Best recipe for gingerbread houses?

Every year I make houses for my own kids and my nephews (ages 3-20!) and we spend an afternoon decorating houses. I have a gingerbread cookie recipe I love for making cookies which is what I have always used for my houses, but it does spread more than I like for building construction.  It occurred to me that since we don't eat our houses, I don't actually care what the cookie tastes like, just how it cooks up. Does anyone have a recipe they are willing to share for gingerbread with very minimal spread?  Thanks in advance. 
Liv

(I couldn't decide if this post belonged here or in the recipe section, so apologies if it needs to be moved.)
Original Post
Originally Posted by 54mama:
Every year I make houses for my own kids and my nephews (ages 3-20!) and we spend an afternoon decorating houses. I have a gingerbread cookie recipe I love for making cookies which is what I have always used for my houses, but it does spread more than I like for building construction.  It occurred to me that since we don't eat our houses, I don't actually care what the cookie tastes like, just how it cooks up. Does anyone have a recipe they are willing to share for gingerbread with very minimal spread?  Thanks in advance. 
Liv

(I couldn't decide if this post belonged here or in the recipe section, so apologies if it needs to be moved.)

I betcha Tunde has a good one in her books: http://cookieconnection.juliau...-from-tunde-dugantsi

 

I also have a construction-grade gingerbread in my book Ultimate Cookies, and also on my app. Even my non-construction-grade gingerbread holds up very well, especially if you thinly coat the back of the panels with royal icing. Link to my books/app: https://www.papertrell.com/app...=37&platformid=3

For a completely inedible--but wonderfully smelling--"gingerbread" house that can be kept for years, you could try a sachet dough to make the building parts. (That would be equal parts of applesauce and ground cinnamon mixed together to form a pliable dough, which is then rolled, cut into shapes and either air-dried for two or three days or baked for a couple of hours in a very slow oven--200 degrees F.--before being assembled into houses.) This dough dries very hard and is often used to make tree ornaments or sachets. I made ornaments and closet sachets for gifts with my daughter with this recipe many years ago when she was a little girl, and I think it would work great for houses, too!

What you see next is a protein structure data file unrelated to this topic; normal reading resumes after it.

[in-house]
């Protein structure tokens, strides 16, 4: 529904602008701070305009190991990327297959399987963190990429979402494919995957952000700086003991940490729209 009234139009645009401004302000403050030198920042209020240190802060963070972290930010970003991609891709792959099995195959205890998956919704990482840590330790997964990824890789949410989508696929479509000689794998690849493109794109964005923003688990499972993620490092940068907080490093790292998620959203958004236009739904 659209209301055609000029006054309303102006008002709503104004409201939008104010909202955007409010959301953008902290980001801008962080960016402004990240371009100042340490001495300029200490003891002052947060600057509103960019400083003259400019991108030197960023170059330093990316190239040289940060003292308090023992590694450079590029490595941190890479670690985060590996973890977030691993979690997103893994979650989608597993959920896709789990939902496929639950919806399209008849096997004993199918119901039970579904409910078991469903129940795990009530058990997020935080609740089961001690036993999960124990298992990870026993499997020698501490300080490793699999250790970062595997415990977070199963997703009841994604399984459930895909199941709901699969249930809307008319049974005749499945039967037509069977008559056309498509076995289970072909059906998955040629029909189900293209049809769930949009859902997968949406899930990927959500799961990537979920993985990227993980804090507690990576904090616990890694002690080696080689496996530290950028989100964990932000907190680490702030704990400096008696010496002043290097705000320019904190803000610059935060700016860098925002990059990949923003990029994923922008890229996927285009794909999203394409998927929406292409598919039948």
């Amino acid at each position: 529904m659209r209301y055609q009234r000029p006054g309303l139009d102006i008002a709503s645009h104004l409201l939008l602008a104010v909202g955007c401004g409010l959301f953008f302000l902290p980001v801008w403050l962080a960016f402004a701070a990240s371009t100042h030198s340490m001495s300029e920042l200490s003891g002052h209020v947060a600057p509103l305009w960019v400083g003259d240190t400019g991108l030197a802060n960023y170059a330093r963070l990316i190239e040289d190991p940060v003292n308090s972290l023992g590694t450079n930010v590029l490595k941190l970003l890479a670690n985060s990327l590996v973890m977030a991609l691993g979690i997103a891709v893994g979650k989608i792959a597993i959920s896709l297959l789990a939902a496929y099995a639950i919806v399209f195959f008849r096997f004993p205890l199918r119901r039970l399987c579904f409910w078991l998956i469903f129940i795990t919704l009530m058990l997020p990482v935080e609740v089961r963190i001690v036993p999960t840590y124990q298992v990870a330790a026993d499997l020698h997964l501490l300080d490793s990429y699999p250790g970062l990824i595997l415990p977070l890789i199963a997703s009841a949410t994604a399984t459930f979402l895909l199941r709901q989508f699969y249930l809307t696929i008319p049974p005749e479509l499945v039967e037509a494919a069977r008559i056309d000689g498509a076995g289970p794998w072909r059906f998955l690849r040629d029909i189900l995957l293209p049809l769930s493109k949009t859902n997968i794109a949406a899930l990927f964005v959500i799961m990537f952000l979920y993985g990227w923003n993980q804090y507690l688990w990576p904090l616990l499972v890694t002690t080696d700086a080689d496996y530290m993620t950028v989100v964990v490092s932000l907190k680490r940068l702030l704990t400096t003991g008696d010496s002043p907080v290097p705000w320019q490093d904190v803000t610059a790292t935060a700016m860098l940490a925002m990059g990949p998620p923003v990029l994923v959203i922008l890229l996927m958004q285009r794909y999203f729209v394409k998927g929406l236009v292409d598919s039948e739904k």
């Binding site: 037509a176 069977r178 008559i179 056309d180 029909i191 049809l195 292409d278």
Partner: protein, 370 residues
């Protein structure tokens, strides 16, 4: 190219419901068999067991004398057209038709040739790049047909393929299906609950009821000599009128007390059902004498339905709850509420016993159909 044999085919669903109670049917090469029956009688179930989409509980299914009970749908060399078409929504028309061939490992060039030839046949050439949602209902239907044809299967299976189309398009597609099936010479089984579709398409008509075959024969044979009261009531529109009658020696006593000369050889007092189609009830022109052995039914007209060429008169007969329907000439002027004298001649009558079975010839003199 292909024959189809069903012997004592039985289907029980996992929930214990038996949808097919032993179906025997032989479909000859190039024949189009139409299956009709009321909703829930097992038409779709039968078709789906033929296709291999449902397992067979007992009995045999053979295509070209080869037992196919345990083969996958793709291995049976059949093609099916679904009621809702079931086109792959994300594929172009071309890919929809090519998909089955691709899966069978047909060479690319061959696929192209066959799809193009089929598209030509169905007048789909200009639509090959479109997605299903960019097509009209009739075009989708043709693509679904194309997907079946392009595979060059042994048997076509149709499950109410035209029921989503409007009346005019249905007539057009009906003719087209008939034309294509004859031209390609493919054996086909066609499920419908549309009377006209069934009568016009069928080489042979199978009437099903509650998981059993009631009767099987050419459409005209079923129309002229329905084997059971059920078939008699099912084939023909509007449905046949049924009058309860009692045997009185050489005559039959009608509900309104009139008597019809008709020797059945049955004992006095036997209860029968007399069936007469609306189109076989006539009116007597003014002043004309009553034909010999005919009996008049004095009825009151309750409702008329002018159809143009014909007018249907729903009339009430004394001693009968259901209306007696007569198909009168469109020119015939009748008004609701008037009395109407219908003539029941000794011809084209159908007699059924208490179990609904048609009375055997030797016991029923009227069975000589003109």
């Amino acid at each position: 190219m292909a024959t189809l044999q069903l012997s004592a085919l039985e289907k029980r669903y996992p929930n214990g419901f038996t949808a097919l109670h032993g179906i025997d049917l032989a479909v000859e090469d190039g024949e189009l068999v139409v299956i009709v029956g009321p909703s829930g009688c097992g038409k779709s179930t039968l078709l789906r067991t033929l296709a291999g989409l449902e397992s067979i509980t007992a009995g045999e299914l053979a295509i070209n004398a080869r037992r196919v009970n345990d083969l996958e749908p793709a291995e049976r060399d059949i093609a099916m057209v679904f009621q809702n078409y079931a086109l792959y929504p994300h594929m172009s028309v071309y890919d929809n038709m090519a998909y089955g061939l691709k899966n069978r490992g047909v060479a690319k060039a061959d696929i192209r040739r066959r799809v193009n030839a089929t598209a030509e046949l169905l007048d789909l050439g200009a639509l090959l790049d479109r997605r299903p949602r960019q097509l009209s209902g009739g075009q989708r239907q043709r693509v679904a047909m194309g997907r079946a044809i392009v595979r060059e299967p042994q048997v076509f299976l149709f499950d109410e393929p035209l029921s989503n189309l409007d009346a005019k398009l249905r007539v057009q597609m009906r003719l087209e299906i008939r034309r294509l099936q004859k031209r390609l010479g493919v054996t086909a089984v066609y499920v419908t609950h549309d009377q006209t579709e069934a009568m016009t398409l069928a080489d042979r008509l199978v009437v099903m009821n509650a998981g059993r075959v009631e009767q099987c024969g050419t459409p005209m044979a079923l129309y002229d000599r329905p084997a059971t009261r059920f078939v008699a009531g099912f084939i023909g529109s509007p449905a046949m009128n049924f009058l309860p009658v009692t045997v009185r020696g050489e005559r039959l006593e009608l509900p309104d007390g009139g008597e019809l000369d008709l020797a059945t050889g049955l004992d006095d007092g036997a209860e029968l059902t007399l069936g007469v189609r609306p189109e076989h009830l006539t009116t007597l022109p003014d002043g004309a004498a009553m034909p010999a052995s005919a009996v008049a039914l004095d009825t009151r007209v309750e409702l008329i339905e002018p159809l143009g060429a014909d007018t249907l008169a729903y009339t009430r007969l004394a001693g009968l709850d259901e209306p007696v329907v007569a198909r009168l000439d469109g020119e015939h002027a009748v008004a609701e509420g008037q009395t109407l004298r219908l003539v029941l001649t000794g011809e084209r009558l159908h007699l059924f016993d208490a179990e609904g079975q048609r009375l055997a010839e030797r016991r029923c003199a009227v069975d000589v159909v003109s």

This is the recipe I used for years to make houses and trains, etc.  It has very good flavor.  The pieces are cut after the gingerbread is baked so there are some scraps and my family enjoys them.  It is not strong enough for large structures.

 

Gingerbread House Recipe

2 ¾ cups    Flour

½ teas       Salt

1 teas        Ginger

2/3 cup      Molasses

1/3 cup      Brown Sugar (packed)

1               Egg

3 teas        Baking Powder

1 teas        Cinnamon

1/8 teas     Ground Cloves

½ cup         Vegetable Oil

Mix all ingredients together in bowl.  Roll dough on oiled piece of foil.  Place on cookie sheet and bake at 300 F for 20 to 30 minutes.  Place patterns on hot bread and cut immediately.  Lift out carefully and cool on rack.  The gingerbread should be very hard when cool.  If necessary pieces can be placed back on cookie sheet and baked for 5 to 10 minutes longer.  The roof sections will break if dough is not thoroughly baked.

As my gingerbread structures have become larger, this is the recipe I use most often.  It is very hard, doesn't taste great and may break your teeth.  My family is always disappointed when I use it because there are no scraps - but they couldn't eat them anyway.

 

Another Stiff and Strong Gingerbread Dough

1 cup           Margarine (do not use butter)

1 ½ cups      Corn Syrup

1 ¼ cups      Brown Sugar (packed)

6 ¾ cups      Flour

1 Tbsp         Cinnamon

1 ½ teas       Ginger

½ teas          Salt

Melt the corn syrup, sugar and margarine together and then mix into the stirred together dry ingredients.   Divide into portions, wrap in plastic and chill until firm.   Roll out and cut pieces before baking.  This dough is stiff and if too hard to roll out, it can be softened by microwaving for a few seconds. Bake at 350 for 15 to 30 minutes as needed.  Note: this is a very light colored dough.  I use dark brown sugar and dark corn syrup and it still is a lot lighter than the recipe I posted above.

Originally Posted by Rocking Horse Sugar Decor:

As my gingerbread structures have become larger, this is the recipe I use most often.  It is very hard, doesn't taste great and may break your teeth.  My family is always disappointed when I use it because there are no scraps - but they couldn't eat them anyway.

 

Another Stiff and Strong Gingerbread Dough

1 cup           Margarine (do not use butter)

1 ½ cups      Corn Syrup

1 ¼ cups      Brown Sugar (packed)

6 ¾ cups      Flour

1 Tbsp         Cinnamon

1 ½ teas       Ginger

½ teas          Salt

Melt the corn syrup, sugar and margarine together and then mix into the stirred together dry ingredients.   Divide into portions, wrap in plastic and chill until firm.   Roll out and cut pieces before baking.  This dough is stiff and if too hard to roll out, it can be softened by microwaving for a few seconds. Bake at 350 for 15 to 30 minutes as needed.  Note: this is a very light colored dough.  I use dark brown sugar and dark corn syrup and it still is a lot lighter than the recipe I posted above.

I would love to try this recipe for sure!

Add Reply

×
×
×
×